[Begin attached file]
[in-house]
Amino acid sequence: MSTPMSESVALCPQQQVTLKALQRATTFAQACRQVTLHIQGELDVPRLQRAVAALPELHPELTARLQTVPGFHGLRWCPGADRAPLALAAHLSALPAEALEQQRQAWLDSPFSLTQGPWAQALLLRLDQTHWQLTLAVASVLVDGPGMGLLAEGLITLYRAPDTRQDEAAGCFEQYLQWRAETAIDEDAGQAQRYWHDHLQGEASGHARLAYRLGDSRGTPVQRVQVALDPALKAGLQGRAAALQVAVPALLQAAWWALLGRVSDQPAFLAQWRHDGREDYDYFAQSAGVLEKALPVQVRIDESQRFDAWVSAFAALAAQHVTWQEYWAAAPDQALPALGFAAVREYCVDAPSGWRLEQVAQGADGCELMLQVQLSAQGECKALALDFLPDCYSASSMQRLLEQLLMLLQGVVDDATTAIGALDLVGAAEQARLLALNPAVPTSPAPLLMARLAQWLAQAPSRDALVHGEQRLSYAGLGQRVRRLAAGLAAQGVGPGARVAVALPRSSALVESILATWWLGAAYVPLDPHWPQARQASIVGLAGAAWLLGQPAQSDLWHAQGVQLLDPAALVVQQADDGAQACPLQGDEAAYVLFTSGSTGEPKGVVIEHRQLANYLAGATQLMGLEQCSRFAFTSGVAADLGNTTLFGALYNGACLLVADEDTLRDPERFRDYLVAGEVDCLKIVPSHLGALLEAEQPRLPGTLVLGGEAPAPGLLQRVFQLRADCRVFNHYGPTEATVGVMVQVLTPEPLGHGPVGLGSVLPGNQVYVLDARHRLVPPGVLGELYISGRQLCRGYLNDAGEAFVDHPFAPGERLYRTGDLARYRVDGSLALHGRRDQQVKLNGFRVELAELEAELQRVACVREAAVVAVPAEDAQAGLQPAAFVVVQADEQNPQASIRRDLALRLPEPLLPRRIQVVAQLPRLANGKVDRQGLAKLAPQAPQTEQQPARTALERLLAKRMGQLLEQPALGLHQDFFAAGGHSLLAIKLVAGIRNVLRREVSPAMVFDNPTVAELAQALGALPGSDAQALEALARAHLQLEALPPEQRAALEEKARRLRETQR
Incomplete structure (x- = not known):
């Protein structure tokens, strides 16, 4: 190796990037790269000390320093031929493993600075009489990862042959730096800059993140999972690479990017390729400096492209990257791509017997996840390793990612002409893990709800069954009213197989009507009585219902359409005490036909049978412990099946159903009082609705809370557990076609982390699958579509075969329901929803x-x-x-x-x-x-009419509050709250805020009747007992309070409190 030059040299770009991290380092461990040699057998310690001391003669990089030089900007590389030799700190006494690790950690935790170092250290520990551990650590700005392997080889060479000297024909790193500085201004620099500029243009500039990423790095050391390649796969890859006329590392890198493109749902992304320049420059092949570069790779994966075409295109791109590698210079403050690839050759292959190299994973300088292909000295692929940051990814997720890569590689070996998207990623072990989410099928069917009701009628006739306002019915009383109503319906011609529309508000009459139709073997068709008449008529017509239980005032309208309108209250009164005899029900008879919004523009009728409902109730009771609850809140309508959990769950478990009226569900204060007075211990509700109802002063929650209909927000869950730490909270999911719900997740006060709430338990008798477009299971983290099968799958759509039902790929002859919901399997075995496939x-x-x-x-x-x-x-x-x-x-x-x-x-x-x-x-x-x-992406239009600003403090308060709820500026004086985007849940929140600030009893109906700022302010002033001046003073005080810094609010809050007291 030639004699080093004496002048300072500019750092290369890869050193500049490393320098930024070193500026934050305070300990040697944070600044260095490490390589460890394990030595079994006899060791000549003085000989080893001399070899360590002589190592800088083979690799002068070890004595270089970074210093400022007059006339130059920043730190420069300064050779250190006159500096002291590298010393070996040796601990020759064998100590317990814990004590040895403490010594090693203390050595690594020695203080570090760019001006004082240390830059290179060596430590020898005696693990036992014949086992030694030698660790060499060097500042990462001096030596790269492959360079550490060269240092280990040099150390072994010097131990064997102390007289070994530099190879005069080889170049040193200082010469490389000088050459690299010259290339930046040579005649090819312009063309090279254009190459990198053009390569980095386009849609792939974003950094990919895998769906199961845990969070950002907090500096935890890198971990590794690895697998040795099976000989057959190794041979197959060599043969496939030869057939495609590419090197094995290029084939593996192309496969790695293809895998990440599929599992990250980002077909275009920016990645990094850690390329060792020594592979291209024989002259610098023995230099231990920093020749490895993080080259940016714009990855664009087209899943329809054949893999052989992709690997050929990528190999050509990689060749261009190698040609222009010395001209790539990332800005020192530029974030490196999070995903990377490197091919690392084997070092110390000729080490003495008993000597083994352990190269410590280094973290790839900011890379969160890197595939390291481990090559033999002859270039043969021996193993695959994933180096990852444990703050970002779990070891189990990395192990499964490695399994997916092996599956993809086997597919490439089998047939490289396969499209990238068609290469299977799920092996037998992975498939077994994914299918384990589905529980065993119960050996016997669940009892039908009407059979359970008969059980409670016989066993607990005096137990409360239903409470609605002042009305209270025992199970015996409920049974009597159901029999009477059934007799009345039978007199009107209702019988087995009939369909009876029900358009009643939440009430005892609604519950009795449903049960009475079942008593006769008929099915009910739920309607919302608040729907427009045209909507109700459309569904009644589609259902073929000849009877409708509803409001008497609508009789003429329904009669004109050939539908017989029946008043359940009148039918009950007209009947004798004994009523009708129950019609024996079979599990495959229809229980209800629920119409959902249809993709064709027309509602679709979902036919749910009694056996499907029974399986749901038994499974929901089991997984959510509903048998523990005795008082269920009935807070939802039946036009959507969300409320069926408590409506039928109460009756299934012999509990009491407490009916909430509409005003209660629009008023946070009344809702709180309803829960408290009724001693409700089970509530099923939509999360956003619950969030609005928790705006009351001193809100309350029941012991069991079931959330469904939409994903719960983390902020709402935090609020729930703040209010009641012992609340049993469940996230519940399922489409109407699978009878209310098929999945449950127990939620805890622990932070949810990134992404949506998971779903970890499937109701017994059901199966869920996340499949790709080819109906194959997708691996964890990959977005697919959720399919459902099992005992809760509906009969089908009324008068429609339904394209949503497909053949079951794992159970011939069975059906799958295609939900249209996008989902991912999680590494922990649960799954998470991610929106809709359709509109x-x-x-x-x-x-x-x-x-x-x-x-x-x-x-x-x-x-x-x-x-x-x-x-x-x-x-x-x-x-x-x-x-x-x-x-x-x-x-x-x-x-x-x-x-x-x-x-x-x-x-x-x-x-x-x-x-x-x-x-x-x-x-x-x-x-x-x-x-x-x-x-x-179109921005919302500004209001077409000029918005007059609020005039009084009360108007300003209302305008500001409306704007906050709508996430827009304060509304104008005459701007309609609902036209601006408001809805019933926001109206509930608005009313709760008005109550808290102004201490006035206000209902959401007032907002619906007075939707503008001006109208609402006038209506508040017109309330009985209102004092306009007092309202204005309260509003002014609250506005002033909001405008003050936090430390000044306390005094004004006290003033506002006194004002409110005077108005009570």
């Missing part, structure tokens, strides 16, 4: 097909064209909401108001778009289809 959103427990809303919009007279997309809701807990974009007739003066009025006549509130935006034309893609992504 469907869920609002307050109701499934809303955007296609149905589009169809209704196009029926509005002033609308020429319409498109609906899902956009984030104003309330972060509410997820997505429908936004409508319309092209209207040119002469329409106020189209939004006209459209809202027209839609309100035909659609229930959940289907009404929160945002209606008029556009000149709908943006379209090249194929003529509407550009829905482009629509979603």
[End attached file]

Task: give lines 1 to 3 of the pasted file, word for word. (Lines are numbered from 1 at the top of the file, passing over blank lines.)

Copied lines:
[in-house]
Amino acid sequence: MSTPMSESVALCPQQQVTLKALQRATTFAQACRQVTLHIQGELDVPRLQRAVAALPELHPELTARLQTVPGFHGLRWCPGADRAPLALAAHLSALPAEALEQQRQAWLDSPFSLTQGPWAQALLLRLDQTHWQLTLAVASVLVDGPGMGLLAEGLITLYRAPDTRQDEAAGCFEQYLQWRAETAIDEDAGQAQRYWHDHLQGEASGHARLAYRLGDSRGTPVQRVQVALDPALKAGLQGRAAALQVAVPALLQAAWWALLGRVSDQPAFLAQWRHDGREDYDYFAQSAGVLEKALPVQVRIDESQRFDAWVSAFAALAAQHVTWQEYWAAAPDQALPALGFAAVREYCVDAPSGWRLEQVAQGADGCELMLQVQLSAQGECKALALDFLPDCYSASSMQRLLEQLLMLLQGVVDDATTAIGALDLVGAAEQARLLALNPAVPTSPAPLLMARLAQWLAQAPSRDALVHGEQRLSYAGLGQRVRRLAAGLAAQGVGPGARVAVALPRSSALVESILATWWLGAAYVPLDPHWPQARQASIVGLAGAAWLLGQPAQSDLWHAQGVQLLDPAALVVQQADDGAQACPLQGDEAAYVLFTSGSTGEPKGVVIEHRQLANYLAGATQLMGLEQCSRFAFTSGVAADLGNTTLFGALYNGACLLVADEDTLRDPERFRDYLVAGEVDCLKIVPSHLGALLEAEQPRLPGTLVLGGEAPAPGLLQRVFQLRADCRVFNHYGPTEATVGVMVQVLTPEPLGHGPVGLGSVLPGNQVYVLDARHRLVPPGVLGELYISGRQLCRGYLNDAGEAFVDHPFAPGERLYRTGDLARYRVDGSLALHGRRDQQVKLNGFRVELAELEAELQRVACVREAAVVAVPAEDAQAGLQPAAFVVVQADEQNPQASIRRDLALRLPEPLLPRRIQVVAQLPRLANGKVDRQGLAKLAPQAPQTEQQPARTALERLLAKRMGQLLEQPALGLHQDFFAAGGHSLLAIKLVAGIRNVLRREVSPAMVFDNPTVAELAQALGALPGSDAQALEALARAHLQLEALPPEQRAALEEKARRLRETQR
Incomplete structure (x- = not known):